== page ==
I was trying to be a man again and square it with my working class background.

I was no good at it. I worked my ass off to study and go to university. And that was a different world.

First generation immigrant makes good?

Nah. Maybe. Nah. Whatever. I don't fuckin know.

I teach at a university and get enough money to be OK in London with simple life.  I try to pass as middle class while teaching university. I am passing. But I get anxious. I have to keep remembering it is a big show. A game. A play. Clothes are only a costume. Can you become your costume?

My voice is simple straight shooting voice.

But I am university educated.

I was given fancy words.

What do I do? How can I fit? How do we all fit?

I don't buy much. I don't own a car or credit card or tv or or or . .

And that's good. I like my simple life.

Everyone wants to simplify things into causes.

It's never simple.

Or it is.

Suffering is simple. It's universal. It's also particular.

My brother could see his life reflected in Bukowski's writing. I avoided Bukowski for a long time. And finally for the last six months I have been reading everything. My bother always talked about reading Bukowski. It was the only books he really read in high school. And now after reading so much Bukowski I can see why.

That raw honesty. Bukowski is ugly. Bukowski is beautiful. And often very very aware of the whole game. Including the game of his public image. Including some of his misogyny. It's in the writing. It's not in the public persona so much. It's all there in the writing.

I guess I like Bukowski's writings better than 95% of artful university educated writing. Yes there is some misogyny. But that's not the whole story. I would take Bukowski's misogyny over a million well made little stories and poems from male or female writers with their phd in creative writing etc.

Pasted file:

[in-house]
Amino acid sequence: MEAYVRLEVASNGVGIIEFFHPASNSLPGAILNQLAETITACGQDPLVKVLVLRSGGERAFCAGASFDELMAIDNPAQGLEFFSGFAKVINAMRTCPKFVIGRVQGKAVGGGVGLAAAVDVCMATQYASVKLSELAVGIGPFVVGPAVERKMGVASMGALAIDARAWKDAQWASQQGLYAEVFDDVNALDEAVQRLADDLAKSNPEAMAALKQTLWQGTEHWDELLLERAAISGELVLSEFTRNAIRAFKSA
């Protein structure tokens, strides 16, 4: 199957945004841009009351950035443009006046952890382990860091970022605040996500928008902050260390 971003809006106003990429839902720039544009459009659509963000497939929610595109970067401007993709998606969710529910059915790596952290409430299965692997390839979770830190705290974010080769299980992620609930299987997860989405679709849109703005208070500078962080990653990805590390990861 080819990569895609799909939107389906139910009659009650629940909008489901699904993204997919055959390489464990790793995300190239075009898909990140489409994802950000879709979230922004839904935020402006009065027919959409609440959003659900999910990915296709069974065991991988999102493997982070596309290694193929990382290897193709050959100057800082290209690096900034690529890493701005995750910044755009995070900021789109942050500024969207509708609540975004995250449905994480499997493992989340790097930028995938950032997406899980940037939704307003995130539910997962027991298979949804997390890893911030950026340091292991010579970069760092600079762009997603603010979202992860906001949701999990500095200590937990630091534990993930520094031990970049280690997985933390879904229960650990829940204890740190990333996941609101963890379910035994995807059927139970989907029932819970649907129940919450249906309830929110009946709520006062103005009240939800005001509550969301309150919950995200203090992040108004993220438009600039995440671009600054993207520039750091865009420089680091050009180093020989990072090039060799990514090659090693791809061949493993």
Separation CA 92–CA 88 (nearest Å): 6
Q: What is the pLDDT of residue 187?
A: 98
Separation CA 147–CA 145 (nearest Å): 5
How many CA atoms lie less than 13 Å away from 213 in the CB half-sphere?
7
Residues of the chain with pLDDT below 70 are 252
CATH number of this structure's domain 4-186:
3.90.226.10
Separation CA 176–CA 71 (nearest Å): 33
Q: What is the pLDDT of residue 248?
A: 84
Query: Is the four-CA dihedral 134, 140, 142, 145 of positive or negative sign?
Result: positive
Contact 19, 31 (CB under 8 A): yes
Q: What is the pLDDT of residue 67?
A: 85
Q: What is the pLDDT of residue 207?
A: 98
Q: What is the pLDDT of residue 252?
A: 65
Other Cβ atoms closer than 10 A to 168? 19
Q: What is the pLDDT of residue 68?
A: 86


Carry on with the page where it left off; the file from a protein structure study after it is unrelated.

And that's where I am now. I am not Bukowski. I don't have that particular life or experience or that particular suffering. But I want that attempt at raw honesty. That includes doubt. Lots of doubt.

Writing is not a degree. It's not legitimate. It's a big zero. An impossibility. Life is an impossibility.

But here we are. Alive. For now.

Now what?

I wanted to make good for my brother. What does that mean? I have to ask myself that a lot while walking tight rope of nihilism.

Back to existence. Existentialism. And basic Buddhism.





(Last Christmas I would spend with my brother Aaron. He is on left)

Comments

Popular posts from this blog

poets reading poets

There are on A now: Andrews, Antin, Apollinaire, Ashbery


A project from the Atlanta Poetry Group. Check it:

http://atlantapoetsgroup.blogspot.co.uk/

The Poetry of Tao Lin

Another Ireland by Robert Archambeau

This review really hit it for me. I recently read Maurice Scully's _Livelihood_ and Geofrey Squires _Untitled and Other Poems_ is on deck (I love that baseball term. It is baseball, right?)

I think this is from The Nortre Dame review, but I found it via goofle (I mean google).


Another Ireland: Part Two
Maurice Scully, The Basic Colours. Durham, UK: Pig Press, 1994.
Geoffrey Squires, Landscapes and Silences. Dublin: New Writers' Press, 1996.
Catherine Walsh, Idir Eatortha and Making Tents. London: Invisible Books, 1996.

By Robert Archambeau

I began the first half of this article (Notre Dame Review #4) by mentioning some of the limits to the legendary hospitality Ireland has shown to its poets. If you arrive in Ireland from any point of departure outside of Eastern Europe, you will indeed find a public far more willing than the one you left behind to grant poets the recognition all but the most ascetic secretly crave. However, this hospitality has never extended to Irish poets w…